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Soviet Industrialization and Ukrainian literature of the 1920s (with Galina Babak)
April 11, 2023 @ 1:00 pm - 2:30 pm
Please join us for another lecture in the Ukrainian Energy Studies series! The Russian invasion of Ukraine in 2022 has confirmed not only the centrality of energy to the war, but also the importance of Ukraine to global energy policy, with its far-reaching economic, environmental, and cultural consequences. This interdisciplinary series, co-organized by the Jordan Center for the Advanced Study of Russia at NYU and the East European, Russian, Caucasian, and Central Asian Faculty Network at the University of Colorado Boulder, will explore the concept of energy as a shaping force in Ukrainian cultural and political history; the aesthetics of particular energy sources (fossil fuels, nuclear energy, renewables) in Ukrainian literature, film, and other media; the Russia-Ukraine energy nexus; Ukrainian energy markets; and environmental effects of energy production, consumption, and catastrophe.
In several Ukrainian regions industrial revolution started in the second half of the 19th century, both within the Russian Empire (Donbass) and the Austro-Hungarian Empire (Galicia). With the establishment of Soviet power in most of the territory of modern Ukraine, a steady course towards the socialist industrialization of the country began, which unfolded in full swing by the end of the 1920s. The construction of a new socialist society involved modernization of all spheres of public life, including literature and art. Professor Babak’s presentation will address the issue of how the process of Soviet modernization and industrialization (electrification, coal, and oil industries) was represented in literature of that time.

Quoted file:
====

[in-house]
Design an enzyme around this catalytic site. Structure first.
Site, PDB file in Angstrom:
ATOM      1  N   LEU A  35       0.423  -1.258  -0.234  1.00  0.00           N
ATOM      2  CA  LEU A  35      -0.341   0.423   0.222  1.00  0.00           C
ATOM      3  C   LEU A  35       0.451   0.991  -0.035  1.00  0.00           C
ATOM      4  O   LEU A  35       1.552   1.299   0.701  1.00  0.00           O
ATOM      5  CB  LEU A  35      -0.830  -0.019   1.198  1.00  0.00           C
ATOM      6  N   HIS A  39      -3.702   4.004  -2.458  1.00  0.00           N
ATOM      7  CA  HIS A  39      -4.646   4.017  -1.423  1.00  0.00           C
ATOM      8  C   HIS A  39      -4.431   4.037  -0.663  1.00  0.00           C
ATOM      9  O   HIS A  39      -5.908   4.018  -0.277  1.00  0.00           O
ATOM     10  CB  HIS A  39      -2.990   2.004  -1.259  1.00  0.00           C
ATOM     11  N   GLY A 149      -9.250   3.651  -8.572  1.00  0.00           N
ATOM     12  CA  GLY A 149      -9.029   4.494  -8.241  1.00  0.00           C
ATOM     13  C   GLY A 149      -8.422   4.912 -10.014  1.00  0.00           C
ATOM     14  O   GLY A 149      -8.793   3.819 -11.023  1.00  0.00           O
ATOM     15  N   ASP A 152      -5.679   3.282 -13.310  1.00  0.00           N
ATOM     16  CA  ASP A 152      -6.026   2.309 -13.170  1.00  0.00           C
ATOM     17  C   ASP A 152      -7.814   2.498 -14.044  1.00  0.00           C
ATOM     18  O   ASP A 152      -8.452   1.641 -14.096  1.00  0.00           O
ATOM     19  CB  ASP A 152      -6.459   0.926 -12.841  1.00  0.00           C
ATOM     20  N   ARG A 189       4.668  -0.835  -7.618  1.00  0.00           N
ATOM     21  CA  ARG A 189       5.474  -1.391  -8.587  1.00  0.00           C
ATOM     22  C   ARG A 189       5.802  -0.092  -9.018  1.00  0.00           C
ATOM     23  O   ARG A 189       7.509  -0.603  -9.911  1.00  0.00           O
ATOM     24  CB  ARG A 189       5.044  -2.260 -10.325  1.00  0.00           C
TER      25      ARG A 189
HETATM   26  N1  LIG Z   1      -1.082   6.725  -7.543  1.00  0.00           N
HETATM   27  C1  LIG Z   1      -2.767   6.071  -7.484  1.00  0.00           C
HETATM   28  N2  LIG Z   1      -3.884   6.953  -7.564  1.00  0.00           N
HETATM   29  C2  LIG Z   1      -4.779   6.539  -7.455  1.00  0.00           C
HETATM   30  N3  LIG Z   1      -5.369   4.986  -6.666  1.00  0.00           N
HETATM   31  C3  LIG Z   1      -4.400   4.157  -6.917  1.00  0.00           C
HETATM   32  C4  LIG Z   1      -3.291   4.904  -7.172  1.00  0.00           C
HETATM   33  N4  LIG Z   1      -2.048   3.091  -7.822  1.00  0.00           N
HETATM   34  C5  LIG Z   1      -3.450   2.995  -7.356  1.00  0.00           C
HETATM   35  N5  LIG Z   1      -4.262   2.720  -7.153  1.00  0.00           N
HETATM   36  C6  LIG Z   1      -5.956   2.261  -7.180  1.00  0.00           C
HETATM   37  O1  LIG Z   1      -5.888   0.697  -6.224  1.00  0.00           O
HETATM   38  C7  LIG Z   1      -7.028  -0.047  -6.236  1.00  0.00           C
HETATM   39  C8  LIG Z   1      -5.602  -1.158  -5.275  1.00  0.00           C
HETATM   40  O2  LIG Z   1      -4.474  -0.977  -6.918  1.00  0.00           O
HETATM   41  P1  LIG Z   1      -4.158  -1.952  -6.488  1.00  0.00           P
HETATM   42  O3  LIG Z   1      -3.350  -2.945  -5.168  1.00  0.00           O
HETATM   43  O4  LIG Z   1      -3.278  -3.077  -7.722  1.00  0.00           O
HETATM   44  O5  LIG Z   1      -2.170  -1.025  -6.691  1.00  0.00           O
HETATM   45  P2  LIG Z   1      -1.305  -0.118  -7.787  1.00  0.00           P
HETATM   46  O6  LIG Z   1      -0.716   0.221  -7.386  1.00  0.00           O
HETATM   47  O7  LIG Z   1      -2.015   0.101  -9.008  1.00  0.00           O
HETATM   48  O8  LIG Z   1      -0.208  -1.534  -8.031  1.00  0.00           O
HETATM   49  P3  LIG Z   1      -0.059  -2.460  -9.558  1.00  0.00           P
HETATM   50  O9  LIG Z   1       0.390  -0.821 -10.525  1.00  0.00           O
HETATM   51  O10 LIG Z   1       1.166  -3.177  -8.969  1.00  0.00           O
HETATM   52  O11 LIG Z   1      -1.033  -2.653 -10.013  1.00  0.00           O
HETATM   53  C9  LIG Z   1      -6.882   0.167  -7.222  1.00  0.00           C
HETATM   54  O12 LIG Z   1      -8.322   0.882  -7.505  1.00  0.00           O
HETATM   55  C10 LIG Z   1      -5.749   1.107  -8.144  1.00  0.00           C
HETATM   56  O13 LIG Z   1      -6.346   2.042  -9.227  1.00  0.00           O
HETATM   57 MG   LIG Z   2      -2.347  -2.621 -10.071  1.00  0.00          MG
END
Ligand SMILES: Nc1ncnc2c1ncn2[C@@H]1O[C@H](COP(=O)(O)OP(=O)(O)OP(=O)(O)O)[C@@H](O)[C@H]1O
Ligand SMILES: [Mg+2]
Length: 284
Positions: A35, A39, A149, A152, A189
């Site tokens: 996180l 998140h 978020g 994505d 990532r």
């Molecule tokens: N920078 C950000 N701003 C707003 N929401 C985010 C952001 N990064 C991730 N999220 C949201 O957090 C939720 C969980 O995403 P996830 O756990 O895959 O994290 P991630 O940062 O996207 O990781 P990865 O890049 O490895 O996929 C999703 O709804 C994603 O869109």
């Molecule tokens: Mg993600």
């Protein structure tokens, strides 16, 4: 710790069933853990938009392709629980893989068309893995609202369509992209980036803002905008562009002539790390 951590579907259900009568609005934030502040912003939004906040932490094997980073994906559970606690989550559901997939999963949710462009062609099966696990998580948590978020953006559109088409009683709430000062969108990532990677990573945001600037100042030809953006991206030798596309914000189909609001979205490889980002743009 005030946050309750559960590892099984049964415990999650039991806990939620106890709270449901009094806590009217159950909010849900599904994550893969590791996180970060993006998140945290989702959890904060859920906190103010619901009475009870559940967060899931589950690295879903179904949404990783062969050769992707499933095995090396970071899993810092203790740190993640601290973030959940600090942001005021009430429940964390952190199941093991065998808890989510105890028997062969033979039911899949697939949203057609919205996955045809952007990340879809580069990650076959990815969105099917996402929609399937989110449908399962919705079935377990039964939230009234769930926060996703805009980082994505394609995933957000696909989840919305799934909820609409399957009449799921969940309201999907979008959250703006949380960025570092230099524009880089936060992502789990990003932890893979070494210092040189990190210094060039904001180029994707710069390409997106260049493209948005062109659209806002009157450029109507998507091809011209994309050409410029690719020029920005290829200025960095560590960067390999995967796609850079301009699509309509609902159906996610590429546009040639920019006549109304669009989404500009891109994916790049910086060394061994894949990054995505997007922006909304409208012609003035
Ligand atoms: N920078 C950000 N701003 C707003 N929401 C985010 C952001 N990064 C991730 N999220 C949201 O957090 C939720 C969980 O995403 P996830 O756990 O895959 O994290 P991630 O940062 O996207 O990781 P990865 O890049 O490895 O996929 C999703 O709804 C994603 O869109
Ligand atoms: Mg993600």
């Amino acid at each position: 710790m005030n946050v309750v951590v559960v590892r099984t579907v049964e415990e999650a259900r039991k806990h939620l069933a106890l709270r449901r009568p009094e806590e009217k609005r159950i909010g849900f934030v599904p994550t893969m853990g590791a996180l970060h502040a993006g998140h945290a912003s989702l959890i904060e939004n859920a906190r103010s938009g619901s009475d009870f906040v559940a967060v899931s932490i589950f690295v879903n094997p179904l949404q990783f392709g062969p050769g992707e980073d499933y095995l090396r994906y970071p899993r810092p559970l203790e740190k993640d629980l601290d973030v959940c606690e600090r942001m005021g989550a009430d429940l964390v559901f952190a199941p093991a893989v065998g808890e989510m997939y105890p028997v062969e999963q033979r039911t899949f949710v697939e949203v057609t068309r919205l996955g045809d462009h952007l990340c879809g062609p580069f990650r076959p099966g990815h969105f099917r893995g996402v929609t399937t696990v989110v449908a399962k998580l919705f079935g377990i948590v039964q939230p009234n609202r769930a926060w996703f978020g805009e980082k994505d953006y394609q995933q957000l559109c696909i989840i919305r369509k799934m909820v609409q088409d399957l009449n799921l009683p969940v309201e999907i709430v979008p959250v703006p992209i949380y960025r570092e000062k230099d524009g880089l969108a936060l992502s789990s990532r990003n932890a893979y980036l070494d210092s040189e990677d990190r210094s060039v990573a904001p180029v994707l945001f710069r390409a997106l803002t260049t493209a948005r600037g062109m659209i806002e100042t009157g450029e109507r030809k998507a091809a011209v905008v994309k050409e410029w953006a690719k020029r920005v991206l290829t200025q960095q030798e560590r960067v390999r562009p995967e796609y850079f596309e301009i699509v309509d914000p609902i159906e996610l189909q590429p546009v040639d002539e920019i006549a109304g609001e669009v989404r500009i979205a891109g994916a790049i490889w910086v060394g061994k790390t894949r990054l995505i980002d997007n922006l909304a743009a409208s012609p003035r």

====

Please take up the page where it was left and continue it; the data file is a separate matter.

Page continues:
This event will take place virtually on Zoom.
Galina Babak received her PhD in Slavic literatures at Charles University (Prague) with her doctoral project titled “Reception of Russian Formalism in Ukrainian culture in interwar period.” In 2020 – 2021, she was a Pontica Magna Research Fellow at the New Europe College (Bucharest, Romania). In 2022, she was a Gerda Henkel-Research Fellow at Center for Advanced Study Sofia (Bulgaria). Her research is primarily within the area of intellectual history and history of science with a focus on literary theory and comparative literatures, mainly Ukrainian and Russian. The research interest is directed towards the project of “Soviet modernization” of the 1920s – beginning of the 1930s in Ukraine, as well as towards political and cultural history of the 20th century. She is an author of the monograph (in co-authorship with Alexander Dmitriev) Atlantis of Soviet National Modernism: the Formal Method in Ukraine in the 1920s – the beginning of the 1930s (Novoe literaturnoe obozrenie, 2021). Currently she is a Research Fellow at Free University Berlin, “Temporal Communities – Doing Literature in a Global Perspective, EXC 2020”.